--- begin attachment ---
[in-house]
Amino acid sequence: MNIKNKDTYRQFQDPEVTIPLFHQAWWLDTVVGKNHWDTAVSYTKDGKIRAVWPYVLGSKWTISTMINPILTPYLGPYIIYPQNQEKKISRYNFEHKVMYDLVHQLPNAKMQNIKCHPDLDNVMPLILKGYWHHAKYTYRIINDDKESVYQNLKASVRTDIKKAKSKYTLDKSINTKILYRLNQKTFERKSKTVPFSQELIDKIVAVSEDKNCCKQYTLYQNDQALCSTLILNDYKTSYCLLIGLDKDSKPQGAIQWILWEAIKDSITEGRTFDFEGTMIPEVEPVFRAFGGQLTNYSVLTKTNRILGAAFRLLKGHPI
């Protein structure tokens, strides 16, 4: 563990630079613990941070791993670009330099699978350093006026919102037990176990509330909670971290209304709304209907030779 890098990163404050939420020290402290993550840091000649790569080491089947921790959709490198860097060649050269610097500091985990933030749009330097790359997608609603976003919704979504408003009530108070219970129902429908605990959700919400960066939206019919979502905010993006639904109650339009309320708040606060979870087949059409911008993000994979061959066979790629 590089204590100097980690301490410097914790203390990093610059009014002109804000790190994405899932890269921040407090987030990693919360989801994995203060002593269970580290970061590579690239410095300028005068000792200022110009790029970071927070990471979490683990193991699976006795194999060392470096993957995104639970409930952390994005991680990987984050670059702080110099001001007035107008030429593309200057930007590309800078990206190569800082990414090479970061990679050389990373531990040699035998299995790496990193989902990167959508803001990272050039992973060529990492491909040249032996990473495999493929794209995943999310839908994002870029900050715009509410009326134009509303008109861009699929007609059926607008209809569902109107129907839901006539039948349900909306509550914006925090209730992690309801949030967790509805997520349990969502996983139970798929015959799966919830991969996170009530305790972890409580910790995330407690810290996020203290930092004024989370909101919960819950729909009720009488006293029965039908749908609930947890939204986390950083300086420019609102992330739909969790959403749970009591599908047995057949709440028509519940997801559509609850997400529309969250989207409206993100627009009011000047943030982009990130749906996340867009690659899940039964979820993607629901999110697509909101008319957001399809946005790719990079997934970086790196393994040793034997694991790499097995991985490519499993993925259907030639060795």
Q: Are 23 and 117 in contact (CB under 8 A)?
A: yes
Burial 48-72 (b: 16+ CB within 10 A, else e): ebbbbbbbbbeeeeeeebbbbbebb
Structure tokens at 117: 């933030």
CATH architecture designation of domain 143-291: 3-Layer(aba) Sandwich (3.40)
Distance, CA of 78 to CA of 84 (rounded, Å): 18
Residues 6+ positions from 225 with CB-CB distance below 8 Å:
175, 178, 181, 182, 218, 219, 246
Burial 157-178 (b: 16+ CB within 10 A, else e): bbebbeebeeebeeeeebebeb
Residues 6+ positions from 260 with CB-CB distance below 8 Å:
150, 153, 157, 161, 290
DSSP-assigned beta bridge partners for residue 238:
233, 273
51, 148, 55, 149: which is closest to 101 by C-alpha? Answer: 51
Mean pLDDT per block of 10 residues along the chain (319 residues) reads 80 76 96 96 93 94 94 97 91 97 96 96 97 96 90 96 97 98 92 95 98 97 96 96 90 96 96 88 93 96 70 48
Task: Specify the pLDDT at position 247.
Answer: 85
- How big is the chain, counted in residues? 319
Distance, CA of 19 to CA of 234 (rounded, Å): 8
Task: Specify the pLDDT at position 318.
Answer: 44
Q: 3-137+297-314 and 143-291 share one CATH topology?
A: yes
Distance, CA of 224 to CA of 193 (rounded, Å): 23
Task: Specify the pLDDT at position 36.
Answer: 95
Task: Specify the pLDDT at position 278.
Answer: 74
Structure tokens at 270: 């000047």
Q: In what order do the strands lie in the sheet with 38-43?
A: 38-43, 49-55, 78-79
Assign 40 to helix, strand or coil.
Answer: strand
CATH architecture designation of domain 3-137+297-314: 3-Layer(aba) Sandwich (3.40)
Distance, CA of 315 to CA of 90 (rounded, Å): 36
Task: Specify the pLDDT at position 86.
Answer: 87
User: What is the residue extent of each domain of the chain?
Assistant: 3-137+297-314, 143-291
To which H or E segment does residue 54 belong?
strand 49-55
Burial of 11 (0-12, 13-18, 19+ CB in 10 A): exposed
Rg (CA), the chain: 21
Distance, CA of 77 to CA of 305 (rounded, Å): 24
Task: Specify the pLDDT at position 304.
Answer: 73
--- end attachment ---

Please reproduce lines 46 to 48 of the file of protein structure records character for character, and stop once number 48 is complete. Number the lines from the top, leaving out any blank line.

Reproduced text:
Rg (CA), the chain: 21
Distance, CA of 77 to CA of 305 (rounded, Å): 24
Task: Specify the pLDDT at position 304.